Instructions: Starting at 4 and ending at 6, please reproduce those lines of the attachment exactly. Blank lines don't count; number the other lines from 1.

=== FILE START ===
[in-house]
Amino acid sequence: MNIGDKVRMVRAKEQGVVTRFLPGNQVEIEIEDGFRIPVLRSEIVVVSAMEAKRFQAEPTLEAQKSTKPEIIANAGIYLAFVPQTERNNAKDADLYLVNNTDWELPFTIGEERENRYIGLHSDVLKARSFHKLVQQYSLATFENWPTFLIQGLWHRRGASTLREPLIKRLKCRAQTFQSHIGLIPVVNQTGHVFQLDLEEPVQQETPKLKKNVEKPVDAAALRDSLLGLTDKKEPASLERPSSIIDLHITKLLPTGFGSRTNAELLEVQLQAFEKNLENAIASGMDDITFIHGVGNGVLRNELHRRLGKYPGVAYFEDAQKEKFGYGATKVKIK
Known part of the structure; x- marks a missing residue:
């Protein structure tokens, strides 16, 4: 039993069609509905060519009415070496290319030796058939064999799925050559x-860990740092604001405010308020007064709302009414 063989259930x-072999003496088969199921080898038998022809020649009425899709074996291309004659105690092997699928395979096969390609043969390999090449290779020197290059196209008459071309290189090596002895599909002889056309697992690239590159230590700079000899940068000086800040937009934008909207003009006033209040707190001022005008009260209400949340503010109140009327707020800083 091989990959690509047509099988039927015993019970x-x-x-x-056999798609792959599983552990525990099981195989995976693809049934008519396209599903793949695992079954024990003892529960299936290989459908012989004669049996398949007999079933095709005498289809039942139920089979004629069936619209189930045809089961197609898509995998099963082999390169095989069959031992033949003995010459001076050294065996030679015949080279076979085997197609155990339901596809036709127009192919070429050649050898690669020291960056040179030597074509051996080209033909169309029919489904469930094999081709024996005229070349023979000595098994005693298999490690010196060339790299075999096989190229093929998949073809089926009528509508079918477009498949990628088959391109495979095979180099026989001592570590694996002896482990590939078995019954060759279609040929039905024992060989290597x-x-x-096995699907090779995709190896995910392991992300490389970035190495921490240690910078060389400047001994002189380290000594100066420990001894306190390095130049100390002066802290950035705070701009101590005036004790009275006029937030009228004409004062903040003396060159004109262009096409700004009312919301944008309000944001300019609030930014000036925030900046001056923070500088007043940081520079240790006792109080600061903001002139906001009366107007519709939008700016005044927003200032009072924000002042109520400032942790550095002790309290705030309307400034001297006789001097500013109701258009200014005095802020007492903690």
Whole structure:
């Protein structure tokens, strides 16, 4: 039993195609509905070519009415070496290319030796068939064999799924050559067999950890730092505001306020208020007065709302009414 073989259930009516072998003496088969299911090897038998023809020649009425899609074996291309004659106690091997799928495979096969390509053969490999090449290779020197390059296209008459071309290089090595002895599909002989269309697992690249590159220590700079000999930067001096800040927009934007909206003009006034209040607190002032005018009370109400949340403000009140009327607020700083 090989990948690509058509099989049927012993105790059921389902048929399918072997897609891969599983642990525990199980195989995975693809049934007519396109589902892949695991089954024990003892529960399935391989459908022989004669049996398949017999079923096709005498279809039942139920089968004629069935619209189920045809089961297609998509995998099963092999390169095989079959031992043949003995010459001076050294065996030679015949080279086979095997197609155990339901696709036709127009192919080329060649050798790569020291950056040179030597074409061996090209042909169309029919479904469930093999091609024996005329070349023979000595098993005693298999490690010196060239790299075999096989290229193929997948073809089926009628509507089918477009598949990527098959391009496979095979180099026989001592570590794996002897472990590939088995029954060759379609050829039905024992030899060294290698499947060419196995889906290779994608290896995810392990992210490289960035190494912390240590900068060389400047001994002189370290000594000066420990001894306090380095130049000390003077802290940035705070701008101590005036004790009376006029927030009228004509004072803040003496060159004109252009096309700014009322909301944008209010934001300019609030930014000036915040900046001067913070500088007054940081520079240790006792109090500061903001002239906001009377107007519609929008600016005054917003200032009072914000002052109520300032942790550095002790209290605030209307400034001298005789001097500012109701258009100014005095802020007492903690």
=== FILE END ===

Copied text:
């Protein structure tokens, strides 16, 4: 039993069609509905060519009415070496290319030796058939064999799925050559x-860990740092604001405010308020007064709302009414 063989259930x-072999003496088969199921080898038998022809020649009425899709074996291309004659105690092997699928395979096969390609043969390999090449290779020197290059196209008459071309290189090596002895599909002889056309697992690239590159230590700079000899940068000086800040937009934008909207003009006033209040707190001022005008009260209400949340503010109140009327707020800083 091989990959690509047509099988039927015993019970x-x-x-x-056999798609792959599983552990525990099981195989995976693809049934008519396209599903793949695992079954024990003892529960299936290989459908012989004669049996398949007999079933095709005498289809039942139920089979004629069936619209189930045809089961197609898509995998099963082999390169095989069959031992033949003995010459001076050294065996030679015949080279076979085997197609155990339901596809036709127009192919070429050649050898690669020291960056040179030597074509051996080209033909169309029919489904469930094999081709024996005229070349023979000595098994005693298999490690010196060339790299075999096989190229093929998949073809089926009528509508079918477009498949990628088959391109495979095979180099026989001592570590694996002896482990590939078995019954060759279609040929039905024992060989290597x-x-x-096995699907090779995709190896995910392991992300490389970035190495921490240690910078060389400047001994002189380290000594100066420990001894306190390095130049100390002066802290950035705070701009101590005036004790009275006029937030009228004409004062903040003396060159004109262009096409700004009312919301944008309000944001300019609030930014000036925030900046001056923070500088007043940081520079240790006792109080600061903001002139906001009366107007519709939008700016005044927003200032009072924000002042109520400032942790550095002790309290705030309307400034001297006789001097500013109701258009200014005095802020007492903690």
Whole structure:
């Protein structure tokens, strides 16, 4: 039993195609509905070519009415070496290319030796068939064999799924050559067999950890730092505001306020208020007065709302009414 073989259930009516072998003496088969299911090897038998023809020649009425899609074996291309004659106690091997799928495979096969390509053969490999090449290779020197390059296209008459071309290089090595002895599909002989269309697992690249590159220590700079000999930067001096800040927009934007909206003009006034209040607190002032005018009370109400949340403000009140009327607020700083 090989990948690509058509099989049927012993105790059921389902048929399918072997897609891969599983642990525990199980195989995975693809049934007519396109589902892949695991089954024990003892529960399935391989459908022989004669049996398949017999079923096709005498279809039942139920089968004629069935619209189920045809089961297609998509995998099963092999390169095989079959031992043949003995010459001076050294065996030679015949080279086979095997197609155990339901696709036709127009192919080329060649050798790569020291950056040179030597074409061996090209042909169309029919479904469930093999091609024996005329070349023979000595098993005693298999490690010196060239790299075999096989290229193929997948073809089926009628509507089918477009598949990527098959391009496979095979180099026989001592570590794996002897472990590939088995029954060759379609050829039905024992030899060294290698499947060419196995889906290779994608290896995810392990992210490289960035190494912390240590900068060389400047001994002189370290000594000066420990001894306090380095130049000390003077802290940035705070701008101590005036004790009376006029927030009228004509004072803040003496060159004109252009096309700014009322909301944008209010934001300019609030930014000036915040900046001067913070500088007054940081520079240790006792109090500061903001002239906001009377107007519609929008600016005054917003200032009072914000002052109520300032942790550095002790209290605030209307400034001298005789001097500012109701258009100014005095802020007492903690």